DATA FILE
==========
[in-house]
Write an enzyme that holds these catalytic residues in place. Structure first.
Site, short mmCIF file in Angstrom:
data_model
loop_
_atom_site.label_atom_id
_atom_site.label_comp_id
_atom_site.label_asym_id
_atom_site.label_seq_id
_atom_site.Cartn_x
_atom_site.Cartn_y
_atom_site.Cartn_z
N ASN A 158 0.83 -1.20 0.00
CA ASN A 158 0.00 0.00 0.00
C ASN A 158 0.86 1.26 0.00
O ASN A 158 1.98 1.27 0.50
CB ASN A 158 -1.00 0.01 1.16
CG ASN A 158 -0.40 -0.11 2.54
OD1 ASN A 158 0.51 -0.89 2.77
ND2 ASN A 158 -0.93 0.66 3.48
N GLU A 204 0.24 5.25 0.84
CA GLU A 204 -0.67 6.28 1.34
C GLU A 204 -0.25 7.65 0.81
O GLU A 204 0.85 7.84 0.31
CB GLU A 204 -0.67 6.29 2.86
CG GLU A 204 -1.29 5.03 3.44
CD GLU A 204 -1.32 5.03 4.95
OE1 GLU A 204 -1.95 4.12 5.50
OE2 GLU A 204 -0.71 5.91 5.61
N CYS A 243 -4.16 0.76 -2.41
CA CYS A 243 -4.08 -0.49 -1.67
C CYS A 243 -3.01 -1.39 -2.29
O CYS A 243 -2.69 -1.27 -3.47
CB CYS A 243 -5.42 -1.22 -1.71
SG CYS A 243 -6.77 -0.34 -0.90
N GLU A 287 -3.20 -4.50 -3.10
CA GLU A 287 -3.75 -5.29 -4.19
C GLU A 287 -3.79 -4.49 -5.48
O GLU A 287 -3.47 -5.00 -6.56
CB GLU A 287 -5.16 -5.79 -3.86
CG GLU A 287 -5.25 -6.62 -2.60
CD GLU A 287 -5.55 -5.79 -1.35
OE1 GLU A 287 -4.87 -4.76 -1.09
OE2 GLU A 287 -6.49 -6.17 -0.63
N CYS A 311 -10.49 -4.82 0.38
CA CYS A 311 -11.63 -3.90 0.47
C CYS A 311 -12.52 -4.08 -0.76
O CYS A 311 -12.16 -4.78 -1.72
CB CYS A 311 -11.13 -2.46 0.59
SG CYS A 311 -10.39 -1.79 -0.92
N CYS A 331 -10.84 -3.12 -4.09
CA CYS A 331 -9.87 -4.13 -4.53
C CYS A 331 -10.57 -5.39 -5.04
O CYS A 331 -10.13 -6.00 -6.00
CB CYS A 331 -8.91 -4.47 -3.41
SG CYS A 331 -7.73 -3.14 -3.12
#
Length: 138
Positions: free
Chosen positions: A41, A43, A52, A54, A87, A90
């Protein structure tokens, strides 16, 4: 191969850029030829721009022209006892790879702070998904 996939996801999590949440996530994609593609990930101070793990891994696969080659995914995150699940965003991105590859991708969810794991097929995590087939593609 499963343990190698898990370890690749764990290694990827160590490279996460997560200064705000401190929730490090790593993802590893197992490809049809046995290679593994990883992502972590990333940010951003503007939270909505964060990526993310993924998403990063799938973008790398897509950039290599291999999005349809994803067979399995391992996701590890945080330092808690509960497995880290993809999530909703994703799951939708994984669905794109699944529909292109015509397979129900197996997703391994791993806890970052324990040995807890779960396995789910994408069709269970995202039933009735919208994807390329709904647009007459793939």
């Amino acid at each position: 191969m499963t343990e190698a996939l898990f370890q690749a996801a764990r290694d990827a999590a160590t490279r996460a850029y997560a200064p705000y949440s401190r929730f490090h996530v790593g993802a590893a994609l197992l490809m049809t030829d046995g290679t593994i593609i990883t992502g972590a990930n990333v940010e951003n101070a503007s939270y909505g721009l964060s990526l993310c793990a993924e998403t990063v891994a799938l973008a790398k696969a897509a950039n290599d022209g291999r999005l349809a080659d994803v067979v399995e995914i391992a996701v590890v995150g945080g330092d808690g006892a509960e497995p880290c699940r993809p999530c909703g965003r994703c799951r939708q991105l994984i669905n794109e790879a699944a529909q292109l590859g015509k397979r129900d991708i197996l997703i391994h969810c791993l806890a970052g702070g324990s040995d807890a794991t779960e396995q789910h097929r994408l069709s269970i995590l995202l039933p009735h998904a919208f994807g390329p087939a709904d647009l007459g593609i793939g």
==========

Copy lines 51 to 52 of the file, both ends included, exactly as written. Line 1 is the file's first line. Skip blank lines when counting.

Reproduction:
N CYS A 331 -10.84 -3.12 -4.09
CA CYS A 331 -9.87 -4.13 -4.53